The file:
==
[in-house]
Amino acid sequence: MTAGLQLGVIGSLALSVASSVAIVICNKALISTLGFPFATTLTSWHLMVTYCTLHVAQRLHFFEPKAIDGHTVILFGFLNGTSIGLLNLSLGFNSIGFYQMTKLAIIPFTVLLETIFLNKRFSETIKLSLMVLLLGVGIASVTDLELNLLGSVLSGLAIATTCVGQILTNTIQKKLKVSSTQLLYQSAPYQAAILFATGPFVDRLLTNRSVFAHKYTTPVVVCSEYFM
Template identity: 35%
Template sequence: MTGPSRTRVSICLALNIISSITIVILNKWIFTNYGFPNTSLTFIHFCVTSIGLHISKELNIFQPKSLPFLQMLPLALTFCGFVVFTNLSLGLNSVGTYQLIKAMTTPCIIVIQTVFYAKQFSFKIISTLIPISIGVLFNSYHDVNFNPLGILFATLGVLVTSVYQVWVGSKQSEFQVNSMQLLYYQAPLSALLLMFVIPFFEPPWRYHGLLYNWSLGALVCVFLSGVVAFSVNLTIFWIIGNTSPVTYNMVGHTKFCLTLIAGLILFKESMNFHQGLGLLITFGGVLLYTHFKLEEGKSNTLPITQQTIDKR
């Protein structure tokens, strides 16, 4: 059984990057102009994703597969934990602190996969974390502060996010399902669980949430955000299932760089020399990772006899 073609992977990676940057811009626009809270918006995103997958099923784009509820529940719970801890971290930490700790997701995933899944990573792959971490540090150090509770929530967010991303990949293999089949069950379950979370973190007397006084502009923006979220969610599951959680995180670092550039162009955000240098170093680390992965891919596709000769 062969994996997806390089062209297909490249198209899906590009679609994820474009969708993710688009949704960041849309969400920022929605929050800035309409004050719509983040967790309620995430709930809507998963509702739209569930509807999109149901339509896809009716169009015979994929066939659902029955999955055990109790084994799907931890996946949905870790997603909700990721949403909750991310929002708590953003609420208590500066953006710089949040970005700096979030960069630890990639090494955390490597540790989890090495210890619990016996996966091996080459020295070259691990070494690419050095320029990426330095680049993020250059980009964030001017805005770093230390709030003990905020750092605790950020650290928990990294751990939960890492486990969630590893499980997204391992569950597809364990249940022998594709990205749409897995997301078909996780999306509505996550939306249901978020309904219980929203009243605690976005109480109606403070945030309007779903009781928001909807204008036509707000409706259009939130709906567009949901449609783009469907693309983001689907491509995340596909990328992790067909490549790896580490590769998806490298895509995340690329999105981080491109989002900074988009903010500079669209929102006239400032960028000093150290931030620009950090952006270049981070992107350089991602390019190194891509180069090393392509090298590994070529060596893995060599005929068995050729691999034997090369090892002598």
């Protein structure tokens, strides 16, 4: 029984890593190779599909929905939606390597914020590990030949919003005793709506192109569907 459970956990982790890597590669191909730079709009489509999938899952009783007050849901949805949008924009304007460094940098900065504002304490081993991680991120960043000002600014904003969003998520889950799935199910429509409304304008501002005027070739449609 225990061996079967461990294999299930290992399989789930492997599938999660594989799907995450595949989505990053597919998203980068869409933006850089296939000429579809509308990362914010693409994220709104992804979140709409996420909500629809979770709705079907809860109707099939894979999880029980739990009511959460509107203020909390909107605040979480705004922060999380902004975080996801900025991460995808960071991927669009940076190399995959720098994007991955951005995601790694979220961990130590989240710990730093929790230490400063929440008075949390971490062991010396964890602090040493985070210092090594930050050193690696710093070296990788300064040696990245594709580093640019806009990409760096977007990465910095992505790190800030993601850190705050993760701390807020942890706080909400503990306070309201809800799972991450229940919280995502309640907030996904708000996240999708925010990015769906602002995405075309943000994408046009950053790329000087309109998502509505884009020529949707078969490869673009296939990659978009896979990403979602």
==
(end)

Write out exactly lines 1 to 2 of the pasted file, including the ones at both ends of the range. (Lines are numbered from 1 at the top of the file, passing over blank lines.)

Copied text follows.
[in-house]
Amino acid sequence: MTAGLQLGVIGSLALSVASSVAIVICNKALISTLGFPFATTLTSWHLMVTYCTLHVAQRLHFFEPKAIDGHTVILFGFLNGTSIGLLNLSLGFNSIGFYQMTKLAIIPFTVLLETIFLNKRFSETIKLSLMVLLLGVGIASVTDLELNLLGSVLSGLAIATTCVGQILTNTIQKKLKVSSTQLLYQSAPYQAAILFATGPFVDRLLTNRSVFAHKYTTPVVVCSEYFM